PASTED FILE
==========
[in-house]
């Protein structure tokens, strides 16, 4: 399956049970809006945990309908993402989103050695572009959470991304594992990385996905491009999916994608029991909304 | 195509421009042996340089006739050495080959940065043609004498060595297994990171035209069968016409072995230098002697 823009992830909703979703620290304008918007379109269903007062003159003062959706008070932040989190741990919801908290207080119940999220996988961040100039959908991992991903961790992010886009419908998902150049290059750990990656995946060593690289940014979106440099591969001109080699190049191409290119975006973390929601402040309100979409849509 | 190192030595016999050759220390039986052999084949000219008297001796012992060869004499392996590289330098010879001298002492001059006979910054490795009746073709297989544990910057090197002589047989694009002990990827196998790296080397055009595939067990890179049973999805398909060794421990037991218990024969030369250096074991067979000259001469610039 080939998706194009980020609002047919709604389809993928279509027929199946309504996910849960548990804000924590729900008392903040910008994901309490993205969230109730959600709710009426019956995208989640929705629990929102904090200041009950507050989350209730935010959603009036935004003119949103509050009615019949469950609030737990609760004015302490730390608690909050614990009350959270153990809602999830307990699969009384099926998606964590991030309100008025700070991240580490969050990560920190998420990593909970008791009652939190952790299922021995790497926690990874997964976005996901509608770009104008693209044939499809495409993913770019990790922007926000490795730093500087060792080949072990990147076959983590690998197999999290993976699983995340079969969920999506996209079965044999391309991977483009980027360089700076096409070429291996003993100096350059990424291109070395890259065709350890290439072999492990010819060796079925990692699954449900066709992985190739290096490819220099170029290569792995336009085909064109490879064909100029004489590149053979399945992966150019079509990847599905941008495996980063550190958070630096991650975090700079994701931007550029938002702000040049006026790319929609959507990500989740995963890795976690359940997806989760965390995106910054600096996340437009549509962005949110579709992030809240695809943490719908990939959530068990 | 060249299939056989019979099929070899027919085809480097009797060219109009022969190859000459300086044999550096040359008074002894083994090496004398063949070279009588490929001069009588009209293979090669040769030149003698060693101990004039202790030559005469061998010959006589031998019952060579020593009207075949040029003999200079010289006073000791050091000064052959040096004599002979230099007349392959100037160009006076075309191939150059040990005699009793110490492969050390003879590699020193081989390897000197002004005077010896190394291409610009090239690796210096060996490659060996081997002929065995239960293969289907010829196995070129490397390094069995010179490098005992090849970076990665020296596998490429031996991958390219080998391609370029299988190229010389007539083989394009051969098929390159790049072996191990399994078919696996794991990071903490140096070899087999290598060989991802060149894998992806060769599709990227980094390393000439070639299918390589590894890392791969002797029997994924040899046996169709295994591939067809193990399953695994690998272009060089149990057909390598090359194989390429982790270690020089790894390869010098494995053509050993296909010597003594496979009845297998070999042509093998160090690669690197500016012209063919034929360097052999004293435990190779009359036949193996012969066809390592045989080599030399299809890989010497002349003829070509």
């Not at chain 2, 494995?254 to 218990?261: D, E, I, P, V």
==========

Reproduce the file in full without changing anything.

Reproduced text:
[in-house]
């Protein structure tokens, strides 16, 4: 399956049970809006945990309908993402989103050695572009959470991304594992990385996905491009999916994608029991909304 | 195509421009042996340089006739050495080959940065043609004498060595297994990171035209069968016409072995230098002697 823009992830909703979703620290304008918007379109269903007062003159003062959706008070932040989190741990919801908290207080119940999220996988961040100039959908991992991903961790992010886009419908998902150049290059750990990656995946060593690289940014979106440099591969001109080699190049191409290119975006973390929601402040309100979409849509 | 190192030595016999050759220390039986052999084949000219008297001796012992060869004499392996590289330098010879001298002492001059006979910054490795009746073709297989544990910057090197002589047989694009002990990827196998790296080397055009595939067990890179049973999805398909060794421990037991218990024969030369250096074991067979000259001469610039 080939998706194009980020609002047919709604389809993928279509027929199946309504996910849960548990804000924590729900008392903040910008994901309490993205969230109730959600709710009426019956995208989640929705629990929102904090200041009950507050989350209730935010959603009036935004003119949103509050009615019949469950609030737990609760004015302490730390608690909050614990009350959270153990809602999830307990699969009384099926998606964590991030309100008025700070991240580490969050990560920190998420990593909970008791009652939190952790299922021995790497926690990874997964976005996901509608770009104008693209044939499809495409993913770019990790922007926000490795730093500087060792080949072990990147076959983590690998197999999290993976699983995340079969969920999506996209079965044999391309991977483009980027360089700076096409070429291996003993100096350059990424291109070395890259065709350890290439072999492990010819060796079925990692699954449900066709992985190739290096490819220099170029290569792995336009085909064109490879064909100029004489590149053979399945992966150019079509990847599905941008495996980063550190958070630096991650975090700079994701931007550029938002702000040049006026790319929609959507990500989740995963890795976690359940997806989760965390995106910054600096996340437009549509962005949110579709992030809240695809943490719908990939959530068990 | 060249299939056989019979099929070899027919085809480097009797060219109009022969190859000459300086044999550096040359008074002894083994090496004398063949070279009588490929001069009588009209293979090669040769030149003698060693101990004039202790030559005469061998010959006589031998019952060579020593009207075949040029003999200079010289006073000791050091000064052959040096004599002979230099007349392959100037160009006076075309191939150059040990005699009793110490492969050390003879590699020193081989390897000197002004005077010896190394291409610009090239690796210096060996490659060996081997002929065995239960293969289907010829196995070129490397390094069995010179490098005992090849970076990665020296596998490429031996991958390219080998391609370029299988190229010389007539083989394009051969098929390159790049072996191990399994078919696996794991990071903490140096070899087999290598060989991802060149894998992806060769599709990227980094390393000439070639299918390589590894890392791969002797029997994924040899046996169709295994591939067809193990399953695994690998272009060089149990057909390598090359194989390429982790270690020089790894390869010098494995053509050993296909010597003594496979009845297998070999042509093998160090690669690197500016012209063919034929360097052999004293435990190779009359036949193996012969066809390592045989080599030399299809890989010497002349003829070509």
């Not at chain 2, 494995?254 to 218990?261: D, E, I, P, V």